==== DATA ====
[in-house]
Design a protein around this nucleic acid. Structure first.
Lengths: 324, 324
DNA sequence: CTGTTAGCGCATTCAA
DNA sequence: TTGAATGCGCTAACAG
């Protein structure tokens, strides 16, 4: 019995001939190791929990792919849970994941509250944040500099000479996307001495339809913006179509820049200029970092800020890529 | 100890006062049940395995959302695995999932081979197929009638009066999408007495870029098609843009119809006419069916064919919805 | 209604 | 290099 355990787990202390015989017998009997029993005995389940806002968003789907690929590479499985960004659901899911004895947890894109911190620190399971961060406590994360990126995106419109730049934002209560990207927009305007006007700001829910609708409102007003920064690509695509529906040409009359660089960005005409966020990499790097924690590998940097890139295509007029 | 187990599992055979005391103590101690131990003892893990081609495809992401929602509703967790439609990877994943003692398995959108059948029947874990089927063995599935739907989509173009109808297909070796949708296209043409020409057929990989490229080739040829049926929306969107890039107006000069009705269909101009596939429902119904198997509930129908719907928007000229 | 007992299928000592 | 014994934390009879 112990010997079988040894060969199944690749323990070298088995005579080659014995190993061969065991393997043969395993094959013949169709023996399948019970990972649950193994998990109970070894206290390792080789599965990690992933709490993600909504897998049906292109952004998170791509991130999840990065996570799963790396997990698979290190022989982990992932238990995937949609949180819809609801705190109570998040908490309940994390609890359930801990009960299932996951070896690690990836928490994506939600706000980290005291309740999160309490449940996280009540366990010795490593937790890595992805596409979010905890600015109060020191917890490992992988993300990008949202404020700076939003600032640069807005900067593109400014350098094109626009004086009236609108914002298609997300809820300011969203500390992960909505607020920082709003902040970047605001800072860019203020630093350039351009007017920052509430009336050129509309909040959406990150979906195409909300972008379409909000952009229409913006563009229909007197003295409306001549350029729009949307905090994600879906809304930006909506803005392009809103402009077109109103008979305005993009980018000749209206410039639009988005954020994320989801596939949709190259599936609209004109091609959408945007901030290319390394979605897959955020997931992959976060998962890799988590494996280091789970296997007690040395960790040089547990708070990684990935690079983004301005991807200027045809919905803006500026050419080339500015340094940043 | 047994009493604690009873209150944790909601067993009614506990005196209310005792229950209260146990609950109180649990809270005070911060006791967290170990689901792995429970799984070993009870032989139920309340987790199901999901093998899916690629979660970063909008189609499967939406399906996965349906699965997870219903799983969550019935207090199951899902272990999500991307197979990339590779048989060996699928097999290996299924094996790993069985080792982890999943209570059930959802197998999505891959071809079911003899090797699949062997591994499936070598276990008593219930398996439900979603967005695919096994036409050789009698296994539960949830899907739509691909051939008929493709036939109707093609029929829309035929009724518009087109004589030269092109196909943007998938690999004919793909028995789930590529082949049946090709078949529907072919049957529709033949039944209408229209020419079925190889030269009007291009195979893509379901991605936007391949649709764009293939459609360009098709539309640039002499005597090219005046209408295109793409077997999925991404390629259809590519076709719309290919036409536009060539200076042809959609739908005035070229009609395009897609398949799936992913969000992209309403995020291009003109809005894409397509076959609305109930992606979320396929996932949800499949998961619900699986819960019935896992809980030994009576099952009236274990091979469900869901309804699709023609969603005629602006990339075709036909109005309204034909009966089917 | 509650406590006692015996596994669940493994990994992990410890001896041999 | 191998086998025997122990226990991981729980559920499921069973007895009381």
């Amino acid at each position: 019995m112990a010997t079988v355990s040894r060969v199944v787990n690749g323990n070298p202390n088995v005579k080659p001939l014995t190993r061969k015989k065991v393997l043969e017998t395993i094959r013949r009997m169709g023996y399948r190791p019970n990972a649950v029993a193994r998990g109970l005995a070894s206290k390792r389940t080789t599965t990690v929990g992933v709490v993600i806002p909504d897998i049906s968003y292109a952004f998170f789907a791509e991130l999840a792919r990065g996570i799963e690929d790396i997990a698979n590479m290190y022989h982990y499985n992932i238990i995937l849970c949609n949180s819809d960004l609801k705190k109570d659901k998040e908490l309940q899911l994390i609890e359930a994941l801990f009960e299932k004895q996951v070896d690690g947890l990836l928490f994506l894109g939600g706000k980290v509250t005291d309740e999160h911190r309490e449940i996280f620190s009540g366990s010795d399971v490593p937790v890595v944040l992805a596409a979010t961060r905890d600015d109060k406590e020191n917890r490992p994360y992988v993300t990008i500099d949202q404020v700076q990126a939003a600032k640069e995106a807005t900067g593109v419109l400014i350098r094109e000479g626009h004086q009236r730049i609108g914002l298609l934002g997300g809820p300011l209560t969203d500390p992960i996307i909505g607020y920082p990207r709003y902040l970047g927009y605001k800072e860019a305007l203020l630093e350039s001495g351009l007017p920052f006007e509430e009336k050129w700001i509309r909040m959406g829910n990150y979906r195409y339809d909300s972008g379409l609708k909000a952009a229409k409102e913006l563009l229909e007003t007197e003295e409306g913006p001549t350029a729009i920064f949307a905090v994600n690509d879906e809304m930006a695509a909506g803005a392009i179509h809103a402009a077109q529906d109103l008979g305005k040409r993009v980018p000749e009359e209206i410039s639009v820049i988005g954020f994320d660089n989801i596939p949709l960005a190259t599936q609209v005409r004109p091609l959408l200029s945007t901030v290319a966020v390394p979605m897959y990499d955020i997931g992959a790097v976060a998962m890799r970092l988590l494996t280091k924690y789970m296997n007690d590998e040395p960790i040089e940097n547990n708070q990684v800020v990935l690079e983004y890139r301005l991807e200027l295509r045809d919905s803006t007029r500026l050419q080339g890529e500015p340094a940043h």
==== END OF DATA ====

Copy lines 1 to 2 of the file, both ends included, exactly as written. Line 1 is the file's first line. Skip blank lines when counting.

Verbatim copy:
[in-house]
Design a protein around this nucleic acid. Structure first.